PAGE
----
Although the ASX Clear and ASX Clear (Futures) Operating Rules set out specific events of default, declaration of a default would never be automatic. Instead, the ASX CCPs maintain the right to investigate a potential default fully, taking into account any extenuating circumstances. The process of investigating, and the subsequent handling of, a potential default would generally depend on its nature. Specifically, ASX distinguishes between ‘financial’, ‘operational’ and other ‘compliance’ defaults. This differentiation is intended to reflect the severity of the breach and potential ramifications of a declaration of default. The Participant Incident Response Group (PIRG), which is chaired by the Executive General Manager, Operations and made up of senior staff from operational, risk management, compliance and legal functions, is responsible for monitoring and managing clearing participant incidents and the escalation of potential default events to the DMC (see Appendix C.2, SSF Standard 3.1 for further detail on the PIRG). Ultimately, the declaration of any default is the responsibility of the Managing Director and CEO of ASX (or relevant delegates), under delegated responsibility from the CS Boards.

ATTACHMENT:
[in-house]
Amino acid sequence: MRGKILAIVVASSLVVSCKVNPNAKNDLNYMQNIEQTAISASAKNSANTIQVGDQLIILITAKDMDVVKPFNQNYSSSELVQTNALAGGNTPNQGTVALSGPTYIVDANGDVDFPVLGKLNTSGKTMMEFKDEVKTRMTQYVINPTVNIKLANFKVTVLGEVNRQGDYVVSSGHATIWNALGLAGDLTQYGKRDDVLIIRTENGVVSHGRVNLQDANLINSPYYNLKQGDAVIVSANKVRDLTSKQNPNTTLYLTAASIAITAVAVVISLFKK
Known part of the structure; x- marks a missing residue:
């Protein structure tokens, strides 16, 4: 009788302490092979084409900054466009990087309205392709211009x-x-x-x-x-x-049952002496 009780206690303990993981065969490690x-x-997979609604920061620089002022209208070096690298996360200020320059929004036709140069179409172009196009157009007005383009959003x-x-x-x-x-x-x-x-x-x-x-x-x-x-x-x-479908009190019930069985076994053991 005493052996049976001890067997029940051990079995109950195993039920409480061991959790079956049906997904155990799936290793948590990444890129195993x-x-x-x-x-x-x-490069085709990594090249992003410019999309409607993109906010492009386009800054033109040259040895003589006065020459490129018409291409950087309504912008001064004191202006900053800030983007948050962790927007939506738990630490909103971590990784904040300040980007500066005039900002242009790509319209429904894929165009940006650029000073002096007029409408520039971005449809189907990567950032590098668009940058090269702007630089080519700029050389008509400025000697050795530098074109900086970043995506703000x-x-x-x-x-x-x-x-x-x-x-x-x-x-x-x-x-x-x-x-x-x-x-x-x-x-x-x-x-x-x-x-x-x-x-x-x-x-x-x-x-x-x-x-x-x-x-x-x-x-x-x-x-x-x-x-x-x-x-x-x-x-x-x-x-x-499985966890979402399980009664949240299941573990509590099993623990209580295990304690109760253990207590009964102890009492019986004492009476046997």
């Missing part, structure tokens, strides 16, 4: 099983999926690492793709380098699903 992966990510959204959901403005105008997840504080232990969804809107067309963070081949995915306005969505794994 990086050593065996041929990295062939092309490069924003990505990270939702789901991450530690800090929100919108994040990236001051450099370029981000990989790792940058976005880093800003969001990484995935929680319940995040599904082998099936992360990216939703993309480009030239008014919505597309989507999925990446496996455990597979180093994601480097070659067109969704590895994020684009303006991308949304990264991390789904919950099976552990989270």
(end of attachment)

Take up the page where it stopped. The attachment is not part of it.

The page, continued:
The Operating Rules and Procedures allow ASX Clear and ASX Clear (Futures) to employ a variety of methods to close out or otherwise manage the positions of a defaulted participant, including one that has been subject to external administration or breached a risk control requirement (see CCP Standard 12.1).

12.3 A central counterparty should publicly disclose key aspects of its default rules and procedures.

ASX Clear's Operating Rules and Procedures, ASX Clear (Futures)' Operating Rules and Procedures and the OTC Rules and OTC Handbook are available on the ASX public website. These rules outline when the CCPs may take action against a participant and the powers of the CCPs in the event of a default, including the ability of ASX to transfer client derivative positions to other participants. The CCPs' Operating Rules set out the treatment of proprietary and customer positions. In addition, ASX has published on its website a high-level overview of each CCPs' approach to managing a clearing participant default, a guidance note on each CCPs' approach to the suspension and termination of participants, as well as a client fact sheet that outlines the segregation and portability arrangements in ASX Clear (Futures) and the rights of clients in the event of their clearing participant's default. The OTC Handbook provides a description of the default management auction process for OTC derivatives, including numerical examples of the juniorisation process.